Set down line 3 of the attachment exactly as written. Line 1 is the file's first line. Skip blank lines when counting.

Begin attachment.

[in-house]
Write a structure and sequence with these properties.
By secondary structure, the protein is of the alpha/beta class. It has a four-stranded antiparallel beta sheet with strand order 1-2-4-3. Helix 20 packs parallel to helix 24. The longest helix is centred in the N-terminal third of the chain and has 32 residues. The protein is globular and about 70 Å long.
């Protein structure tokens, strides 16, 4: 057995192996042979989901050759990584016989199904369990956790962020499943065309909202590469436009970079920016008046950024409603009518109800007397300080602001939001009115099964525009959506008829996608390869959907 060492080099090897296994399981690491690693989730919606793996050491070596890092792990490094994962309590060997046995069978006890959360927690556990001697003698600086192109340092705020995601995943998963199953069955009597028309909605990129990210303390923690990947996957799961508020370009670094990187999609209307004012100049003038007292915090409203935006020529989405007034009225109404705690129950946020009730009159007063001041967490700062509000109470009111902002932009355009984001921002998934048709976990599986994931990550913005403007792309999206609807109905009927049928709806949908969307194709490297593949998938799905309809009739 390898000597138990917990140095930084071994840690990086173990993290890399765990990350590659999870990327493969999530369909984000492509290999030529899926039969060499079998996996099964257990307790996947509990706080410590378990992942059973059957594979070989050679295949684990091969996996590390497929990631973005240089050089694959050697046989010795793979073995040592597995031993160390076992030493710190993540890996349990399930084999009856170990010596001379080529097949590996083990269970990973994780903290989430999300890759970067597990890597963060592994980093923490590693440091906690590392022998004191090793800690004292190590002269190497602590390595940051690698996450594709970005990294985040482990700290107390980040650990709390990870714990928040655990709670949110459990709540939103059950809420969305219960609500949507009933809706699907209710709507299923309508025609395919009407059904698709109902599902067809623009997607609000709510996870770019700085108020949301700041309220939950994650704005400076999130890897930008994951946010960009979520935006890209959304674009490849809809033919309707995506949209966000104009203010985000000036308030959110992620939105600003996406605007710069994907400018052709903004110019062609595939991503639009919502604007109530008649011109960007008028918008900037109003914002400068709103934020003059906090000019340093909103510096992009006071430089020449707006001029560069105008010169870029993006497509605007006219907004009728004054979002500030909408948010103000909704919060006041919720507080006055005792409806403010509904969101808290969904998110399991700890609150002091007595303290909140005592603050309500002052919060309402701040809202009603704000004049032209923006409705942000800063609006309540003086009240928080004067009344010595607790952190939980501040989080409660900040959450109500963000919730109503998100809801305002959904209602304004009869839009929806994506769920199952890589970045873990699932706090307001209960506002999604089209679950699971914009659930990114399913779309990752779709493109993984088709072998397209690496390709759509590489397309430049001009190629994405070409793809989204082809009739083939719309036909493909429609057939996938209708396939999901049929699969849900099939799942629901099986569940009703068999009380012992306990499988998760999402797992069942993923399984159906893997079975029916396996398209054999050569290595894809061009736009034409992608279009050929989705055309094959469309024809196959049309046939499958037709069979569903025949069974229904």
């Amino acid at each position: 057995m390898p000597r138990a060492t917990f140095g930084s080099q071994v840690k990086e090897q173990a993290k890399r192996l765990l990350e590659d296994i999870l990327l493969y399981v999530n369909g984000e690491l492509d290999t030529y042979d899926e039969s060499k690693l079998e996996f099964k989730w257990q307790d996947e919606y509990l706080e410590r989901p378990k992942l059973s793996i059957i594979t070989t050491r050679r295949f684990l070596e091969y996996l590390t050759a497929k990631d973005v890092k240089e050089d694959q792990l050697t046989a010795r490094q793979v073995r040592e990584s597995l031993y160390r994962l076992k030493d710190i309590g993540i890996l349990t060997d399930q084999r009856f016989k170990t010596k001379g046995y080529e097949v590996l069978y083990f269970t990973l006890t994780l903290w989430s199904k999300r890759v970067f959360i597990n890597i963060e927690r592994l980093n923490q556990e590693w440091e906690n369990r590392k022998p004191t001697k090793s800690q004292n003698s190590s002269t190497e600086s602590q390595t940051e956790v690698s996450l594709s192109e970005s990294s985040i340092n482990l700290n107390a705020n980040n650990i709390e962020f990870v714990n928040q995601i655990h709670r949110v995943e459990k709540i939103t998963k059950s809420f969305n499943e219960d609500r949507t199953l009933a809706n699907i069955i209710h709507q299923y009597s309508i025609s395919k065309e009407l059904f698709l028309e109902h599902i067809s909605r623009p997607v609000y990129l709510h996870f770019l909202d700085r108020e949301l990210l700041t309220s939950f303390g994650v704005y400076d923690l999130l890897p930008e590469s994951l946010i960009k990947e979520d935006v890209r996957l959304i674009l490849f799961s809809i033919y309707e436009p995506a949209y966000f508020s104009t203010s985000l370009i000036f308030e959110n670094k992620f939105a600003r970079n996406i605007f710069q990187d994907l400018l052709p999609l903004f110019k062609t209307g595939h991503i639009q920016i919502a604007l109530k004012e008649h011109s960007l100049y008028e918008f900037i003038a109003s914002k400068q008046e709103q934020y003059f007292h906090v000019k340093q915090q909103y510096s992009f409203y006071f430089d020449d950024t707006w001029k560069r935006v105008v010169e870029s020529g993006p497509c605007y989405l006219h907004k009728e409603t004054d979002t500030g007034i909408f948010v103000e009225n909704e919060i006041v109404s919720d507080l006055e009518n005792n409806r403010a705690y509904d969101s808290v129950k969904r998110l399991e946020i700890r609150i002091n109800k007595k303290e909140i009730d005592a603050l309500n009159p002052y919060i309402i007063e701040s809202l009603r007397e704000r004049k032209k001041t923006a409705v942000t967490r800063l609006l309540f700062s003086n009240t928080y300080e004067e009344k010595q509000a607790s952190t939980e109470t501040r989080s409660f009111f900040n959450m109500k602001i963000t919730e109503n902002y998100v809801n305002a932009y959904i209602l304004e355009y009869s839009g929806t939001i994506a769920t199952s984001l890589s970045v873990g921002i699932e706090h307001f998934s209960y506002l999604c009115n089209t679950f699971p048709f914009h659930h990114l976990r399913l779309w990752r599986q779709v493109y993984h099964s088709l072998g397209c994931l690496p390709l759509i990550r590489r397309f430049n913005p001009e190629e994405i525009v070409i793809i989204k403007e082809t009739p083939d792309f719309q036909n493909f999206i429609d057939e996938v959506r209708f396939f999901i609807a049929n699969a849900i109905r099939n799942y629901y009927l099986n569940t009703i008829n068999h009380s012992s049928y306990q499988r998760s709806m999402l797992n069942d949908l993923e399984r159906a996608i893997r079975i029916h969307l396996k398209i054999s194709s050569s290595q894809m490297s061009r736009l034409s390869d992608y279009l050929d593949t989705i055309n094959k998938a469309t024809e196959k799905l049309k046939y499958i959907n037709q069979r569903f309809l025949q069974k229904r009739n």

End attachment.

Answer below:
By secondary structure, the protein is of the alpha/beta class. It has a four-stranded antiparallel beta sheet with strand order 1-2-4-3. Helix 20 packs parallel to helix 24. The longest helix is centred in the N-terminal third of the chain and has 32 residues. The protein is globular and about 70 Å long.